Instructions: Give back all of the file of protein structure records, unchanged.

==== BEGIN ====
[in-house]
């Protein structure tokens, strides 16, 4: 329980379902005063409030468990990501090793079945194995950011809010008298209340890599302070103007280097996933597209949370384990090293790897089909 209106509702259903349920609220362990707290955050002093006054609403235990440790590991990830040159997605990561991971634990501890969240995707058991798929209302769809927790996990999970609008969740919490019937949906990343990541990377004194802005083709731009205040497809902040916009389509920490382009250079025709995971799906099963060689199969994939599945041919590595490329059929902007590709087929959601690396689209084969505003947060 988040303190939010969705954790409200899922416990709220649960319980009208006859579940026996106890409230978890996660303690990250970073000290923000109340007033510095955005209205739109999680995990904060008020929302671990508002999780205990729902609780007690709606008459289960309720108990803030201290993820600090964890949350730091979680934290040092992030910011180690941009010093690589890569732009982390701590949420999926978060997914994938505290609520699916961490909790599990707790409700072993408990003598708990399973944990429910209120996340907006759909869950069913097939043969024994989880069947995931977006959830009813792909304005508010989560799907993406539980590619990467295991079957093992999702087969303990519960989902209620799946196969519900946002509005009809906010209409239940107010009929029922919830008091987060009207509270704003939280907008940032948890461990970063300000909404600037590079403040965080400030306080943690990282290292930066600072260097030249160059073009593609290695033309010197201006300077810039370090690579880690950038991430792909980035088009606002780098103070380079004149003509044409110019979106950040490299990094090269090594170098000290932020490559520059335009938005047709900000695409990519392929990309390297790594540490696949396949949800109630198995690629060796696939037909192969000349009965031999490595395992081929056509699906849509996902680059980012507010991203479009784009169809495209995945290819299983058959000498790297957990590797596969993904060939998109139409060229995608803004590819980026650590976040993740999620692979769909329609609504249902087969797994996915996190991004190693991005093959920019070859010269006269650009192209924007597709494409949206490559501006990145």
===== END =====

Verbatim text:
[in-house]
């Protein structure tokens, strides 16, 4: 329980379902005063409030468990990501090793079945194995950011809010008298209340890599302070103007280097996933597209949370384990090293790897089909 209106509702259903349920609220362990707290955050002093006054609403235990440790590991990830040159997605990561991971634990501890969240995707058991798929209302769809927790996990999970609008969740919490019937949906990343990541990377004194802005083709731009205040497809902040916009389509920490382009250079025709995971799906099963060689199969994939599945041919590595490329059929902007590709087929959601690396689209084969505003947060 988040303190939010969705954790409200899922416990709220649960319980009208006859579940026996106890409230978890996660303690990250970073000290923000109340007033510095955005209205739109999680995990904060008020929302671990508002999780205990729902609780007690709606008459289960309720108990803030201290993820600090964890949350730091979680934290040092992030910011180690941009010093690589890569732009982390701590949420999926978060997914994938505290609520699916961490909790599990707790409700072993408990003598708990399973944990429910209120996340907006759909869950069913097939043969024994989880069947995931977006959830009813792909304005508010989560799907993406539980590619990467295991079957093992999702087969303990519960989902209620799946196969519900946002509005009809906010209409239940107010009929029922919830008091987060009207509270704003939280907008940032948890461990970063300000909404600037590079403040965080400030306080943690990282290292930066600072260097030249160059073009593609290695033309010197201006300077810039370090690579880690950038991430792909980035088009606002780098103070380079004149003509044409110019979106950040490299990094090269090594170098000290932020490559520059335009938005047709900000695409990519392929990309390297790594540490696949396949949800109630198995690629060796696939037909192969000349009965031999490595395992081929056509699906849509996902680059980012507010991203479009784009169809495209995945290819299983058959000498790297957990590797596969993904060939998109139409060229995608803004590819980026650590976040993740999620692979769909329609609504249902087969797994996915996190991004190693991005093959920019070859010269006269650009192209924007597709494409949206490559501006990145």